Is local estrogen therapy safe for breast cancer survivors?

A blank notebook: It's unclear if local estrogen therapy is safe for breast cancer survivors

Current clinical evidence suggests that local estrogen therapy is both safe and effective for treating the vaginal and urinary symptoms of estrogen decline in menopausal women. But is it safe for breast cancer survivors?

The natural decrease in estrogen levels during menopause causes vaginal atrophy (also known as atrophic vaginitis, or vulvovaginal atrophy), which is a thinning and inflammation of the vaginal walls. It can also cause effects on the urinary system. These changes can result in symptoms including vaginal dryness, irritation and pain during sex, as well as incontinence and recurrent urinary tract infections. Collectively these symptoms are known as the Genitourinary Syndrome of Menopause (GSM). As many as 50% of postmenopausal women experience vaginal and urinary symptoms of estrogen decline to some degree.

While the incidence of GSM in postmenopausal women is high, in breast cancer survivors it appears to be even more common.

In fact, the data suggests that the incidence of GSM is twice as high in postmenopausal breast cancer patients treated with aromatase inhibitors than it is in the general population (ref1). The combination of chemotherapy and hormone therapy also appears to induce early onset menopause in as many as 80% of premenopausal breast cancer survivors within a year of diagnosis (ref2).

Treatment options for vaginal and urinary menopause symptoms in breast cancer survivors

The vaginal and urinary symptoms of menopause can be addressed using a variety of approaches, albeit with varying degrees of success. These include vaginal moisturizers and lubricants, pelvic floor physiotherapy (for both pain during intercourse and incontinence), and local estrogen therapy – which may take the form of estriol, estradiol, promestriene, or conjugated equine estrogens. For a more comprehensive discussion of treatment options please see our post “Managing the vaginal and urinary symptoms of menopause in breast cancer survivors”.

Current health recommendations advise against local estrogen therapy for breast cancer survivors. So while breast cancer patients are at greater risk of developing vaginal and urinary symptoms of menopause, their recommended options for treatment are more limited.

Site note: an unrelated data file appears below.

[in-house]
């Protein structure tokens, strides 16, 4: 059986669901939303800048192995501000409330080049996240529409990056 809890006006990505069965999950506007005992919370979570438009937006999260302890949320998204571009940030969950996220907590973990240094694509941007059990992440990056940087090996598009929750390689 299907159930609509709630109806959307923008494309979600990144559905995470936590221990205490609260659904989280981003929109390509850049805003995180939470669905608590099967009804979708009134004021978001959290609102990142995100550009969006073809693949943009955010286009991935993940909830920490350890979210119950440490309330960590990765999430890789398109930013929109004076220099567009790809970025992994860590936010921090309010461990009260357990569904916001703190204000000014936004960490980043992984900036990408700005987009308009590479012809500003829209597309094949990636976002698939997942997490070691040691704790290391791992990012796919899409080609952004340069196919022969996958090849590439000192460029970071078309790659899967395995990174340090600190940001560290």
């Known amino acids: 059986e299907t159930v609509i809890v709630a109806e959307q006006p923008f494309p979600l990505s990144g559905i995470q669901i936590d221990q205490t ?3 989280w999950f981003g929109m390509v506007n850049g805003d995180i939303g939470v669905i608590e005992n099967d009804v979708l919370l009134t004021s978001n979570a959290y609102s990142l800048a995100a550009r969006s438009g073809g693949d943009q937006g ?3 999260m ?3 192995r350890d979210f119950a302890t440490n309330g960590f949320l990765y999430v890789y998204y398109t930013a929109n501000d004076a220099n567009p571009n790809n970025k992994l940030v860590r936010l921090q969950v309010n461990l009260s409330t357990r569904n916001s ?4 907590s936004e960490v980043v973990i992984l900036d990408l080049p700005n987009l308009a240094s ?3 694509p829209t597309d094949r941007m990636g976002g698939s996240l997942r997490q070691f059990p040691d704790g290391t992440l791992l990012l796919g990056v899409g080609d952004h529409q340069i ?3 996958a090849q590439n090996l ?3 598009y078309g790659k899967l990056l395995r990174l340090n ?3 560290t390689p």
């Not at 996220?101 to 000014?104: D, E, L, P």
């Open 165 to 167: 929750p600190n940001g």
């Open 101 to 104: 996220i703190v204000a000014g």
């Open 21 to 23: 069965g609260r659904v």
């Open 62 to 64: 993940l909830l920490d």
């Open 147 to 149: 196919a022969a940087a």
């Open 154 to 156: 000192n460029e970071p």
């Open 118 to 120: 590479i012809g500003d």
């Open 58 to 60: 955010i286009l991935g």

Is this recommendation warranted?

A conservative approach to treating vaginal and urinary symptoms in menopausal women without breast cancer would begin with lower-risk therapies such as vaginal lubricants and pelvic floor physiotherapy, before graduating to local estrogen therapy. Could the same conservative approach be considered for breast cancer survivors?

Low-dose local estrogen therapy for breast cancer survivors

The typical recommendation against local estrogen therapy for breast cancer survivors has its origins in very well-known studies linking systemic (rather than local) hormone replacement therapy (commonly called “hormone therapy”) to breast cancer.

Treating the symptoms of menopause using systemic hormone replacement therapy is very effective, but a small number of very influential studies have suggested that this therapy may increase the risk of breast cancer in heathy women (ref3), and may significantly increase the risk of new breast cancer events in breast cancer survivors (ref4). Consequently, systemic hormone therapy is now more rarely prescribed to menopausal women (in favour of local estrogen therapy and other treatments), and is strongly avoided for breast cancer patients.

Is it fair to apply the same recommendation against systemic hormone therapy to low-dose local estrogen therapy for breast cancer survivors?  

Low-dose local estrogen therapy is usually delivered as a vaginal cream, vaginal tablet, or vaginally-inserted ring. The benefits of local vaginal delivery are two-fold:

  1. It can be more effective than systemic therapy for treating vaginal and urinary symptoms.
  2. The levels of estrogen used is a fraction of that required for systemic hormone therapy.

A variety of studies show that, as expected, low-dose local estrogen therapy produces very low levels of circulating serum estrogen in the blood stream. In one notable study, 10 mcg 17 b-estradiol vaginal tablets resulted in blood serum levels of estradiol within the normal range of serum estradiol levels found in postmenopausal women (ref5). In another recent small phase I study, a 0.03 mg ultra-low dose “Gynoflor” estriol and Lactobacillus tablet appeared not to increase blood serum estradiol and estrone levels at all (ref6).

These studies suggest that the risk of breast cancer recurrence posed by this type of local estrogen therapy should in theory be reduced (for low-dose preparations), or perhaps nearly eliminated (for ultra-low dose formulations), compared to systemic hormone therapy.

How much does local estrogen therapy reduce the risk of breast cancer recurrence compared to systemic hormone therapy?

Local estrogen therapy likely reduces the risk of breast cancer recurrence in breast cancer survivors considerably. But by how much is a difficult question to answer, for three reasons: